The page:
Park View Hosts First Community Meeting about Fentanyl Crisis

On November 4th, 2023, members of the community, the local police force, and Park View employees hosted a session to give information about Fentanyl and the recent problem with overdoses in LCPS.
Park View Hosts First Community Meeting about Fentanyl Crisis

From 19 fentanyl related overdoses overall last year, to matching that amount of overdoses in only the first few months of this school year, students and staff in Loudoun County Public Schools are facing a serious problem.

Phyllis J. Randall speaking at the community meeting. (Picture taken by Giveily Chavarria.)

“I know, if this was my children, my sons. The first thing I’d be feeling is not anger or frustration or any of that, the first thing I’d be feeling is fear,” said Phyllis J. Randall, a substance abuse therapist under the National Associations of Countries and Human resources Committee.


On November 4th, 2023, Park View High School held a fentanyl prevention and awareness presentation. Organizers of the event believe that the cause of this issue is mostly mental health related. In the meeting, many mental health professionals presented and spoke on the issue. They stated how they don’t only see the criminal side of this issue but also recognize the addiction side. 


“There’s a big mental health crisis with students in general,” said Jacqueline Dailey, a Loudoun County mental health substance abuse and developmental service worker. 

Park View Activities Coordinator Natasha Jeter watches a presentation at the community meeting.

Park View administration and other officials emphasized the importance of mental health, and many of the talks organized by Park View administration have stated how the uprising in overdoses is influenced by kids going through a hard time that don’t know where to get help, or are afraid to ask for help.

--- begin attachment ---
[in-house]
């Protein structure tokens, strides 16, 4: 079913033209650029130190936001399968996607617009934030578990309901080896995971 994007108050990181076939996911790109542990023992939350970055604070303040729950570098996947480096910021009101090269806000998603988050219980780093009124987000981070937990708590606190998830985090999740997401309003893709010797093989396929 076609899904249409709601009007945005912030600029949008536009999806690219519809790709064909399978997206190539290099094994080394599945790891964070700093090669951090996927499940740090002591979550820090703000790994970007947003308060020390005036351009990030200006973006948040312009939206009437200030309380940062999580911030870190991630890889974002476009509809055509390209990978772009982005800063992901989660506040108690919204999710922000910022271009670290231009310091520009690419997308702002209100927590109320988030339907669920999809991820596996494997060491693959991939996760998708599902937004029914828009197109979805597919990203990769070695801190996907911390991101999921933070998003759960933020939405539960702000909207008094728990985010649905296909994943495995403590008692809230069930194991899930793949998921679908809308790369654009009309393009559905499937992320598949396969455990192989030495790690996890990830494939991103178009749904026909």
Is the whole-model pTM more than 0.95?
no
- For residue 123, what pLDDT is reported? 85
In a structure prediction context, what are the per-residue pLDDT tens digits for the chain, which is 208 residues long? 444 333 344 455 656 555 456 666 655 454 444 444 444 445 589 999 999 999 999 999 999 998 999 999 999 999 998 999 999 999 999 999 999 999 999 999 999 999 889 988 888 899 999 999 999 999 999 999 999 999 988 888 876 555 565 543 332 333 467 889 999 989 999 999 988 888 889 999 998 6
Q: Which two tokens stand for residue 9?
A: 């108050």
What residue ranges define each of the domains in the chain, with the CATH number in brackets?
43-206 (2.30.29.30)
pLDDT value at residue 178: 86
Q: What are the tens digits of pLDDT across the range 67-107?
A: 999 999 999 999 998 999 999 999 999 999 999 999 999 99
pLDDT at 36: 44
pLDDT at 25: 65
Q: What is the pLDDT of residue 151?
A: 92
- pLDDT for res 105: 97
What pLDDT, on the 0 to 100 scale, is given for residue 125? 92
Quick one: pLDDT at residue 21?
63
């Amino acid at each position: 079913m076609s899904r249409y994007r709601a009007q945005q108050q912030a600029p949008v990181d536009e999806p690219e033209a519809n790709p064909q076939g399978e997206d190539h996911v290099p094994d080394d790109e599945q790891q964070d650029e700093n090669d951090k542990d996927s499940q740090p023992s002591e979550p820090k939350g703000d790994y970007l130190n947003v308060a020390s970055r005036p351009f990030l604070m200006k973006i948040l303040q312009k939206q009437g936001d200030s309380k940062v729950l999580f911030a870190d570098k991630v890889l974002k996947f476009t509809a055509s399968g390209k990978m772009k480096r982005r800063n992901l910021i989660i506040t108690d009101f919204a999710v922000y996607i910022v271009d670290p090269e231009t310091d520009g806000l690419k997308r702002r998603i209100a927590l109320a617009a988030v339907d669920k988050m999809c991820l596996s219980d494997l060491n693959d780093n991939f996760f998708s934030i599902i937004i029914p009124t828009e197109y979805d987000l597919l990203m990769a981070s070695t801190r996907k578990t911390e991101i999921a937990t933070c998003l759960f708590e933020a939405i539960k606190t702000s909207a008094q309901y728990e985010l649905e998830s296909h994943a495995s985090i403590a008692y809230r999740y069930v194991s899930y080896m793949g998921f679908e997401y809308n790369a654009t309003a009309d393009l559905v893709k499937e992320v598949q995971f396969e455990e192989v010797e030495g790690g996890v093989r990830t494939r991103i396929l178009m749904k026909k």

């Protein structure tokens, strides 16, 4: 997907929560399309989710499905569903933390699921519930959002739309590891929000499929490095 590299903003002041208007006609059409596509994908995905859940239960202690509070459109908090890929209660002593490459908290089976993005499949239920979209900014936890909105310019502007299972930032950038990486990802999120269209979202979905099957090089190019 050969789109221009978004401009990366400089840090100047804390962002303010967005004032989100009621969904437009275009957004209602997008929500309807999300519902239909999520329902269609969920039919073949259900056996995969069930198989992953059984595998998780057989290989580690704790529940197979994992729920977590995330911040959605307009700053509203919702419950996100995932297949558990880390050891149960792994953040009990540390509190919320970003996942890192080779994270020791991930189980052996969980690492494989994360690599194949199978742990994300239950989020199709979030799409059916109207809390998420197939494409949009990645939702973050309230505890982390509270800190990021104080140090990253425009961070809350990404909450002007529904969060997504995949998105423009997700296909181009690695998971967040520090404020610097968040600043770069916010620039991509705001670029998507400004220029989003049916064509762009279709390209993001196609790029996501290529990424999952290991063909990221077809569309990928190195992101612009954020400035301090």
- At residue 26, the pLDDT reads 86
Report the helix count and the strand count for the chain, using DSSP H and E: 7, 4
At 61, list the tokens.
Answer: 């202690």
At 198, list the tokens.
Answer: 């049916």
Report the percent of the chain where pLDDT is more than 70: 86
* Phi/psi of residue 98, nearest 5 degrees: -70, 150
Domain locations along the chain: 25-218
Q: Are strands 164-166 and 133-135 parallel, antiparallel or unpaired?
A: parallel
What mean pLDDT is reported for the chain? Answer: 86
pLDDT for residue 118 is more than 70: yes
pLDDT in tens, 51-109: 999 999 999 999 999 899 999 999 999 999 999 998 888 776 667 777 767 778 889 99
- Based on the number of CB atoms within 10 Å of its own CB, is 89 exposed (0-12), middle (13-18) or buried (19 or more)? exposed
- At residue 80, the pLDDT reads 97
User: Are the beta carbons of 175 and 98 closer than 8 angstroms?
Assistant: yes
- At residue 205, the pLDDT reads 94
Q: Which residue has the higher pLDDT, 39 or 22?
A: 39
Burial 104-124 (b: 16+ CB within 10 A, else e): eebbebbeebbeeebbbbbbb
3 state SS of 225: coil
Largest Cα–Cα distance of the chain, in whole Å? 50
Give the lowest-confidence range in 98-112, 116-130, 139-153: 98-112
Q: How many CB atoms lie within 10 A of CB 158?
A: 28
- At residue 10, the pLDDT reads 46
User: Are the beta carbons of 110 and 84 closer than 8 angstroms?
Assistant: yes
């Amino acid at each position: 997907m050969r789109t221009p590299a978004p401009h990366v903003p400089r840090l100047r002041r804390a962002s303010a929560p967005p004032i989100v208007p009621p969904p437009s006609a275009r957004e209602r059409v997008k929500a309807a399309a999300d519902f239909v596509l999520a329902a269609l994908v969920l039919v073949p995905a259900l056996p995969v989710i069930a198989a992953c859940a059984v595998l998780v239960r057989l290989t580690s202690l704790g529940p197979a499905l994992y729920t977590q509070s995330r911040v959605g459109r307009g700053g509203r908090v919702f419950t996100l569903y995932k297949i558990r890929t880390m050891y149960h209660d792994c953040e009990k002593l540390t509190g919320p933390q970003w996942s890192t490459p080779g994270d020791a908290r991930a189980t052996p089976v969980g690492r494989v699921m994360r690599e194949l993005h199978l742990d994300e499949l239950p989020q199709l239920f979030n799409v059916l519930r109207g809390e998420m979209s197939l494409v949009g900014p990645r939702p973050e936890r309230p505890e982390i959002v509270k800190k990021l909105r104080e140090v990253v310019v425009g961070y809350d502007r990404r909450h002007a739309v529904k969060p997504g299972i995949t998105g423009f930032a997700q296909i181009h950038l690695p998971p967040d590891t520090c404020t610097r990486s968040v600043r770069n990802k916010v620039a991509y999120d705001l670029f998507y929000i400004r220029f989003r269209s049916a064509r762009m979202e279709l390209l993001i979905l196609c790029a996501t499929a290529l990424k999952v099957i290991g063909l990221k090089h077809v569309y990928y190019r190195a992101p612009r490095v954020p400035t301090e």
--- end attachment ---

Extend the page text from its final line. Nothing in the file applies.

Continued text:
”This is not a Park View issue; it’s not even a Loudoun County issue. This is a nationwide scourge,” said Randall.


Not all overdoses have happened at school, but an undisclosed number of them have. This has affected the students and staff of Park View, with staff members needing to revive two students so far this year. 


Rose Castellano, a teacher, had to witness a revival when one of her students came into her classroom and suddenly dropped and became unresponsive. One of the school nurses and a security guard responded to the emergency, used Narcan spray, and performed CPR on the student until paramedics arrived.


“It’s hard to give a kid CPR and bring them back. I don’t want to do that anymore,” said Dr. Jefferson, principal of Park View High School.

Bryan Wacker speaking at the community meeting. (Picture taken by Giveily Chavarria)

Bryan Wacker, a police officer, stated how this presentation is the first of many at schools in Loudoun County, and other places in Loudoun County. He mentions how these presentations are meant to bring awareness to the community and parents.


”100% this will be the first of what will be more, and more, and more of these to come,” said Wacker.


At the presentation, many resources and information were provided, including Narcan spray and information about safes designed for locking medication. The presentation was given in English and Spanish. Resources are also available to people who ask counselors and nurses at Park View. On Loudoun County’s official website there is a training program called Revive that shows people how to use Narcan and order it.


”We get counseling involved because they can reach out and recommend [special resources],” said Abigail Perez, Park View’s school nurse.


After the event, Park View administrators said they will continue to raise awareness and find other solutions to these problems. Dr. Jefferson mentioned possible solutions that may be implemented in the future, like a detection dog to find drugs and in-school presentations educating students on drugs.


“One of the things we are going to do…we will have drug sniffing dogs in our building,” said Dr. Jefferson.


Fentanyl is a synthetic opioid drug. When taking this drug, users typically feel sensations of relaxation and euphoria. Since fentanyl is 50-100 times more potent than morphine it is also medically used as painkillers for cancer patients. This drug is usually Illegally sold as a powder and mixed in with other drugs like cocaine and heroin.

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